Number of occurrences of the word Fish in the Gospel of John:
The word fish in the gospel is mentioned using 3 different Greek names:
|Greek name||Translation||Occurrences in the Gospel|
The fish and the bread on the fire (John 21:9)
This event is the last part of the process of using the breath to reach the highest states of consciousness in the Indian tradition. By merging the lower bindu (microcosmic) with the upper bindu (macrocosmic) and burning them in the fire of Kundalini, immortality is attained.
1. The bread on the fire is the Macrocosmic Bindu.
Tirumantiram 1951 – “The fiery Bindu above is Lord’s Body.”
John 6:51 – “I am the living bread that came down out of heaven; if anyone eats of this bread, he will live forever; and the bread also which I will give for the life of the world is My flesh.”
2. The fish on the fire ( oyaria) is the Microcosmic Bindu (Prana/the breath).
In the Feeding of the 5000 narrative, the breath is associated with the 2 fish. Learn more
Tirumantiram 1951 – “The Bindu wasted here below is vital Prana”
So when they got out on the land, they saw a charcoal fire already laid and fish placed on it, and bread.
The fish of the Feeding of the Multitude (John 6:9-11)
The fish mentioned in the narrative of the Feeding of the Multitude ( – oyaria) represents Matsya, one of the 5 Ms of the Panchamakara. The 2 fish are the 2 nadis Ida and Pingala; Andrew and Philip respectively corresponding to the inhalation and exhalation of breath. Andrew and Philip are the only 2 apostles mentioned in the Feeding of the 5000. (Learn more about the symbolism of the fish/breath in the Feeding of the 5000).
The matsya literally means “fish”, but it symbolically signifies the inhalation and exhalation of breath. It has been said that the 2 nadis, ida and pingala, have 2 fishes, inhalation and exhalation moving constantly up and down. It is enjoined that a sadhaka should stop their erratic movement by performing khumbhaka through pranayama, so that the blocked channel of the central nadi (sushumna) could be opened for the ascent of the kundalini shakti. This is symbolically called “the eating of the fish” matsya-bhaksana, and such aspirants are known as matsya-sadhaka. – From the book Essays on the Tirumandiram by T.N. Ganapathy & KR. Arumugam
The catch of the 153 fish (John 21:6)
And Jesus said to them, “Cast the net on the right-hand side of the boat and you will find a catch.” So they cast, and then they were not able to haul it in because of the great number of fish.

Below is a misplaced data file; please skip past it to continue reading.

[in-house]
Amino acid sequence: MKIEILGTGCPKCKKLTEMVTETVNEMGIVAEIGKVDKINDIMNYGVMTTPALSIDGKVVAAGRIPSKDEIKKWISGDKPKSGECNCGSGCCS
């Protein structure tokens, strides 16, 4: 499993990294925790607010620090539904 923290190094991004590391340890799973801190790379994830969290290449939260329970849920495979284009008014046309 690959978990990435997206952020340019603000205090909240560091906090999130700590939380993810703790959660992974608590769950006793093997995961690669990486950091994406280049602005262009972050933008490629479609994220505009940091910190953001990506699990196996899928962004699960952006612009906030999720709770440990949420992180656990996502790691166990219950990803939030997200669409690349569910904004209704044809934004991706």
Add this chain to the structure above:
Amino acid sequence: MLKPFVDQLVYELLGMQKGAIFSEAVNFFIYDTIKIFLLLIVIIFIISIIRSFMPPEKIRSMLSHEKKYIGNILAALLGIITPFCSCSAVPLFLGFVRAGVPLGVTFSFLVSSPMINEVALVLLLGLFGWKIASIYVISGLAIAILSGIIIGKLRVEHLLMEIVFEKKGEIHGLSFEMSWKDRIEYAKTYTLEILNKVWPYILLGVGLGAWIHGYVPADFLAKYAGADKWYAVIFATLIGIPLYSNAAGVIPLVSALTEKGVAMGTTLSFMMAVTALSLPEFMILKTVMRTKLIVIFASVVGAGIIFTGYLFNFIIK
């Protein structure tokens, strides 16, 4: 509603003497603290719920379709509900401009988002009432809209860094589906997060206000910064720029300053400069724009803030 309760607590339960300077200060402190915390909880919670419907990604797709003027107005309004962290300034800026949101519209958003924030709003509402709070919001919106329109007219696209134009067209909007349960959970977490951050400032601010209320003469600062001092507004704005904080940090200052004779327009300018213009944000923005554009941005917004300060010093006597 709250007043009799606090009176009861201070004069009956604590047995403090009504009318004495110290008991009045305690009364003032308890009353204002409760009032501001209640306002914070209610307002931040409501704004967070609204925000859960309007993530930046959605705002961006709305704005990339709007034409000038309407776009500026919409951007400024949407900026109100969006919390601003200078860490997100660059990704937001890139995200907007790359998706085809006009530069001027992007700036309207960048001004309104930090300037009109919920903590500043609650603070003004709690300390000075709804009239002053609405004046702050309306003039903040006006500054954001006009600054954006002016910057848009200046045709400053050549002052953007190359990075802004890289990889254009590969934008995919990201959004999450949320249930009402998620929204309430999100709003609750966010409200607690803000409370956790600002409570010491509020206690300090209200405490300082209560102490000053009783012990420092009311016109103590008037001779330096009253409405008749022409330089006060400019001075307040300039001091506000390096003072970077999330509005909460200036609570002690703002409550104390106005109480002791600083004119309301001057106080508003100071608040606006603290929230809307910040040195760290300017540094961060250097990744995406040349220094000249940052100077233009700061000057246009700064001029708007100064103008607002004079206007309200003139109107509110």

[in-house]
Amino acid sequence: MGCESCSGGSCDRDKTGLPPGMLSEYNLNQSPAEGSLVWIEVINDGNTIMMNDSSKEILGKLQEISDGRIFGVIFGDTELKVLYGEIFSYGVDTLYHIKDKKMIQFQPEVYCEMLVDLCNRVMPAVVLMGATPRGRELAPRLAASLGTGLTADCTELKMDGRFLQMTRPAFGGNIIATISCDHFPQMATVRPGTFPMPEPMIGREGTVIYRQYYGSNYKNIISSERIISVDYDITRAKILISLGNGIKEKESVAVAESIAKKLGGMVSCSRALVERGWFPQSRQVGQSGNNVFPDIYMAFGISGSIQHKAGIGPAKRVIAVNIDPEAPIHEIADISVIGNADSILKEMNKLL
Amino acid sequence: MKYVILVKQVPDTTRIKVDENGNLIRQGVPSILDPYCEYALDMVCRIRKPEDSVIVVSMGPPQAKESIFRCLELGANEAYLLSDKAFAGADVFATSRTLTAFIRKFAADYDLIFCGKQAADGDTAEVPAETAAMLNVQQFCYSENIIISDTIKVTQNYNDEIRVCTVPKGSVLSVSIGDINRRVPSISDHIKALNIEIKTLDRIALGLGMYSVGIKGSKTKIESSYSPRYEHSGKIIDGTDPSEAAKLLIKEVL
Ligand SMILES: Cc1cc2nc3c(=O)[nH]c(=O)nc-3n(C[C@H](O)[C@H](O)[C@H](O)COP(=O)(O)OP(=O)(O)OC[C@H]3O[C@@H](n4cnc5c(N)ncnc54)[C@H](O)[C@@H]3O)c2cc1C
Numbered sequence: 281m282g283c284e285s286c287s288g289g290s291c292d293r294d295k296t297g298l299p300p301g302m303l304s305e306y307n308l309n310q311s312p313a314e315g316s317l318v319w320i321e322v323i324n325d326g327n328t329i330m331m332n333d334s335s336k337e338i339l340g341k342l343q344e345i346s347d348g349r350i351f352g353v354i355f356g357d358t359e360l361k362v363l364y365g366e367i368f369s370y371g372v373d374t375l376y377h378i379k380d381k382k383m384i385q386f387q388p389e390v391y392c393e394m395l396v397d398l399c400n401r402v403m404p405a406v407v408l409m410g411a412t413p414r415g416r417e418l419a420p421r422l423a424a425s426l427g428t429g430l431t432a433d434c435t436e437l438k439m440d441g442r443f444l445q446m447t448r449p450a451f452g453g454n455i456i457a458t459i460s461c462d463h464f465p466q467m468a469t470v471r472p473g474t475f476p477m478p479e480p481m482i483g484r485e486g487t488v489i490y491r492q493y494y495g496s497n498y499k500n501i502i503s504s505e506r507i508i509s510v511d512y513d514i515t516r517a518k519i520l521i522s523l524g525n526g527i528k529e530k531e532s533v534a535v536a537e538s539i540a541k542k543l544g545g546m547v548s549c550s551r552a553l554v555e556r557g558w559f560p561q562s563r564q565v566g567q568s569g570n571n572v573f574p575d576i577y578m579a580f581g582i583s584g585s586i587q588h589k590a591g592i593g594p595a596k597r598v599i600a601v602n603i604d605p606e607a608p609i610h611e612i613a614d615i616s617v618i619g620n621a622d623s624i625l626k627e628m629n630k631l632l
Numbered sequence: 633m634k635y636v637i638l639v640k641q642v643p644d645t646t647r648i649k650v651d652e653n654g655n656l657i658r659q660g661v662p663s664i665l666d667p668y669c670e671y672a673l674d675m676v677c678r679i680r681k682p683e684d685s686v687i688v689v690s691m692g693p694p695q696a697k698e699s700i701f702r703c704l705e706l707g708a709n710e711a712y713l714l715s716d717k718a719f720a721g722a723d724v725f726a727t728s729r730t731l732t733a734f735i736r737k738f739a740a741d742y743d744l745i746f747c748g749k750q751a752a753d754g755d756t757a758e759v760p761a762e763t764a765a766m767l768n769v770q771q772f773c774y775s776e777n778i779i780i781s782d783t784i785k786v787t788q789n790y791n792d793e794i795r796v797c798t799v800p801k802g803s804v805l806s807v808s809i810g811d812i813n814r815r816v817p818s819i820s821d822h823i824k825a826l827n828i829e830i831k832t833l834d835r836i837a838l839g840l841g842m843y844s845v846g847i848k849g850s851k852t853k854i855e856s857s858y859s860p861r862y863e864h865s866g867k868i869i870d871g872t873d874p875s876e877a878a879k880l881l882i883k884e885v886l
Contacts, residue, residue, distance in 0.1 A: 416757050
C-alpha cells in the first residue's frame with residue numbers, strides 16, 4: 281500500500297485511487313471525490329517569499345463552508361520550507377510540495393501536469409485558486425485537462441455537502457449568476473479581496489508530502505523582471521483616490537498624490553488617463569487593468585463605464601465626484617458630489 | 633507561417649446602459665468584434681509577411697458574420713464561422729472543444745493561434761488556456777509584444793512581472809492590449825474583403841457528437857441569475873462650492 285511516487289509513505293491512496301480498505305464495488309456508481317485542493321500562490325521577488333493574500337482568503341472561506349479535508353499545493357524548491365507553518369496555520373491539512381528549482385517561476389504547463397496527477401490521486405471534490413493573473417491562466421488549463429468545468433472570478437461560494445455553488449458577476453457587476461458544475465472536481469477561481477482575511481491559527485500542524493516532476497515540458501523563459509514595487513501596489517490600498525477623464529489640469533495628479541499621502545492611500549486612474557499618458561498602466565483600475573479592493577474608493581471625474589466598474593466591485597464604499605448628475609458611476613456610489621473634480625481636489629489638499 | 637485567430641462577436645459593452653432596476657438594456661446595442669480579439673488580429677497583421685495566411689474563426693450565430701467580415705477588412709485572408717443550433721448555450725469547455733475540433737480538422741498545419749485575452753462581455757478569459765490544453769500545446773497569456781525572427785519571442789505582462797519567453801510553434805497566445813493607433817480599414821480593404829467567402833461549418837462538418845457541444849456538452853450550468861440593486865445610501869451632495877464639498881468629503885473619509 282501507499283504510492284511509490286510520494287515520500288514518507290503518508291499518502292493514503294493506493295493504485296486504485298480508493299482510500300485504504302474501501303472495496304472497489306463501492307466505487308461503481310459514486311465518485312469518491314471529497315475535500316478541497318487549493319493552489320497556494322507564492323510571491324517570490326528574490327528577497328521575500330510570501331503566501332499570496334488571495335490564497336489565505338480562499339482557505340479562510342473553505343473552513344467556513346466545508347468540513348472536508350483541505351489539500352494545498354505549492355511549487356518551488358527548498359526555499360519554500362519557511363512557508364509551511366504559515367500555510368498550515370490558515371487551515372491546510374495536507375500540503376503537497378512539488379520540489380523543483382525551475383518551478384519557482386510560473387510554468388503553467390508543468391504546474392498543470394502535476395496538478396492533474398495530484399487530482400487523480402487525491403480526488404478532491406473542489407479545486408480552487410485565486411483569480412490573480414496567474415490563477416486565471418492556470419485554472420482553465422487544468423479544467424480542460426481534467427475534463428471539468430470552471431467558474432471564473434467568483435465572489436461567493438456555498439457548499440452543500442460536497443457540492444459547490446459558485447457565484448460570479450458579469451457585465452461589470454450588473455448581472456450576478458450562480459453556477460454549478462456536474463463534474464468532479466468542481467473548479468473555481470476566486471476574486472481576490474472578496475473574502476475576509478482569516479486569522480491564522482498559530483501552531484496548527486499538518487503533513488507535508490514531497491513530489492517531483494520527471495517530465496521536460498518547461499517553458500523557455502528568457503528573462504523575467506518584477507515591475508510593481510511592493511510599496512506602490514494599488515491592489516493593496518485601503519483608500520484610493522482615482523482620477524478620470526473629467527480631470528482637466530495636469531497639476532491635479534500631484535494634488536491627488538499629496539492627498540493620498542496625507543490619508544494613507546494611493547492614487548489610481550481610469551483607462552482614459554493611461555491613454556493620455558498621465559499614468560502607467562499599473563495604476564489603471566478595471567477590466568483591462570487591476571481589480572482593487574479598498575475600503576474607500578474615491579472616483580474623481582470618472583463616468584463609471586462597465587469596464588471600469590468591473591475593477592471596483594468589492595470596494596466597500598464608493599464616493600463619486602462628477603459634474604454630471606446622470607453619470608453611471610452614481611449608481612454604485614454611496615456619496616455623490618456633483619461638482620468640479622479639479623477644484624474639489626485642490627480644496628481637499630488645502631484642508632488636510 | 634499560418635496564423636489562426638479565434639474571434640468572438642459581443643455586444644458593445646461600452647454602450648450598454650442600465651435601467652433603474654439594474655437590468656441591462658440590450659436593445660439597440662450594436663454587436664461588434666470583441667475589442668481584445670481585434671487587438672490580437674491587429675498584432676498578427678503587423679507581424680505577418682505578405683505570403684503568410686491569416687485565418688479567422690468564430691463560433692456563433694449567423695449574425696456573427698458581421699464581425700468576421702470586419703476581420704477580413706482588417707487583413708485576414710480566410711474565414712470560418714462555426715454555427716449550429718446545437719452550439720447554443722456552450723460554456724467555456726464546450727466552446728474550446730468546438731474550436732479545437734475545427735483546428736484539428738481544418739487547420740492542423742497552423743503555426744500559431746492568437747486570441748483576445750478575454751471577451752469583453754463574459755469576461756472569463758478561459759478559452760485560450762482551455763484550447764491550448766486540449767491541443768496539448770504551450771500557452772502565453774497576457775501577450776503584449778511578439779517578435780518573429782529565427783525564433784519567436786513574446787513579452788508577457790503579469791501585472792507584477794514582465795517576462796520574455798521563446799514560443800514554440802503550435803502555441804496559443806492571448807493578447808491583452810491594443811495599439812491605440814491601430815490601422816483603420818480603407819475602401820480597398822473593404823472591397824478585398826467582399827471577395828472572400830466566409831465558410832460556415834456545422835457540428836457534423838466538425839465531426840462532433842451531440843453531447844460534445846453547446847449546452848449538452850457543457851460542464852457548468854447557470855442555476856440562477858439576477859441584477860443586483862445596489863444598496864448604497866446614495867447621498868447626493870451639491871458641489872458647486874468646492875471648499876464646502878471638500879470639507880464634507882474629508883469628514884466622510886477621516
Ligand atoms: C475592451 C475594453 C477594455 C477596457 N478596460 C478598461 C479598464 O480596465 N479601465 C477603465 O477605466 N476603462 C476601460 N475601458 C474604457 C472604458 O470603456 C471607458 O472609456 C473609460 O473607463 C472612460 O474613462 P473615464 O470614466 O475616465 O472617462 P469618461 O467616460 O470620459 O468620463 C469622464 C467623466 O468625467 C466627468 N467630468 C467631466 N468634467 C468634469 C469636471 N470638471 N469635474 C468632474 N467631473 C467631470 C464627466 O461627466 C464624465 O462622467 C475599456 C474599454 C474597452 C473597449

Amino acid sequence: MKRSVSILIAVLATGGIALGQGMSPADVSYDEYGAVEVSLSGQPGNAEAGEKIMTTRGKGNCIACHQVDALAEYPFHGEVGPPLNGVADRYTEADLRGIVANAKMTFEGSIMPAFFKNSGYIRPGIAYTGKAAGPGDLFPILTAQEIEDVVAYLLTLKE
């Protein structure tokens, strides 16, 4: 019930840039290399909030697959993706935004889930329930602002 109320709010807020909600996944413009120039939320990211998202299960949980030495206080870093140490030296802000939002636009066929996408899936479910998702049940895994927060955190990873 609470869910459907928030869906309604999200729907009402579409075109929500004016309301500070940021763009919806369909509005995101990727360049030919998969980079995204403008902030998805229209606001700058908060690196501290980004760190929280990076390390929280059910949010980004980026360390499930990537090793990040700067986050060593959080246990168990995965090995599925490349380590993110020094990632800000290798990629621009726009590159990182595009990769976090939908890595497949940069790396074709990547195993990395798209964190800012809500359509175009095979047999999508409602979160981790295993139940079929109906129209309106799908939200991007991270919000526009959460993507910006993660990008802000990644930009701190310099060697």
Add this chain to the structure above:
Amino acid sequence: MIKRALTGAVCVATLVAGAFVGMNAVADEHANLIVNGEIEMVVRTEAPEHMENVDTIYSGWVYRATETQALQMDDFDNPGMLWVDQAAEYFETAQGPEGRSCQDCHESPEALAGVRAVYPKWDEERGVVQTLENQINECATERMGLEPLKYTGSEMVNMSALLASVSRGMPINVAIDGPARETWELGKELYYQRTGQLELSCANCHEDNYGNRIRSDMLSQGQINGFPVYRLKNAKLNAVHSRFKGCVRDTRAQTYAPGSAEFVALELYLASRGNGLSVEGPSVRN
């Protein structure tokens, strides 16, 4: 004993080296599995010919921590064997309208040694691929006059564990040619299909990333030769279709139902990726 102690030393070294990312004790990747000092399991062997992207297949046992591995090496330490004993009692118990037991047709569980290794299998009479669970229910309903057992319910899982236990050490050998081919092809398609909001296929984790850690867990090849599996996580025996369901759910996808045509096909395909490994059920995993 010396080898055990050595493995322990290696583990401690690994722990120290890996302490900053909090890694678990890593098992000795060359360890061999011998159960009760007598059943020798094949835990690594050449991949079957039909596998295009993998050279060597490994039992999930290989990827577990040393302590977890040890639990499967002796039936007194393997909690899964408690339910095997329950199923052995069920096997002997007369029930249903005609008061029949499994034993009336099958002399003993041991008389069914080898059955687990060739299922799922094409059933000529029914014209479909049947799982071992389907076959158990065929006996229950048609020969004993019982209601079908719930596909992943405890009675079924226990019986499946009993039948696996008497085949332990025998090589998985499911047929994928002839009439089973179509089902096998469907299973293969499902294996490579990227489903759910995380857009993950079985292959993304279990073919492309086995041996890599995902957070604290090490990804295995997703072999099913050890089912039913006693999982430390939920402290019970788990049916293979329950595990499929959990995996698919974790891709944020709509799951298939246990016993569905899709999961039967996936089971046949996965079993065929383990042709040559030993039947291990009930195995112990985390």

One cubit its depth, Half cubit its diameter, Thus shaped round is the body pond; The Fisherman (Lord) His net spreads; Many the fish (of desires) He caught; No more the troubles I encounter.
1. The sea represents the body/the mind.
Tirumantiram 2031 – One cubit its depth, Half cubit its diameter, Thus shaped round is the body pond.
2. The fish in the lake are the desires/passions.
Tirumantiram 2031 – The Fisherman (Lord) His net spreads; Many the fish (of desires) He caught.
3. The goal of Advaita Vedanta is to get rid of desires.
Tirumantiram 2919 – Give up desires, the Tattvas perish.
4. The 153 fish after the catch may be representing the 153 perished Tattvas. The total number of Tattvas in the Shaiva Siddhanta tradition is 153. The tattvas are the elements constituting the body. To obtain liberation, they need to be transcended so that their action no longer affect the body.
Tirumantiram 1854 –
Reduce the perishable body to its elemental constituents (tattvas) and then discard them.
Tirumantiram 2178 – By breath control the tattvas subside within the body.
John 21:11 – Simon Peter therefore went up, and drew the net to land, full of great fishes, a hundred and fifty three.
5. The desires related to the elements constituting the body (tattvas) will have to be scorched by the Yogic Kundalini fire for the nectar of immortality to flow.
John 21:9 – They saw a charcoal fire already laid and fish placed on it, and bread. Jesus said to them, “Bring some of the fish which you have now caught.” .
Tirumantiram 229 – Those who Vedanta truly grasped, they burnt all desires away.
View the list of the 153 Tattvas as described in the Shaiva Siddhanta tradition.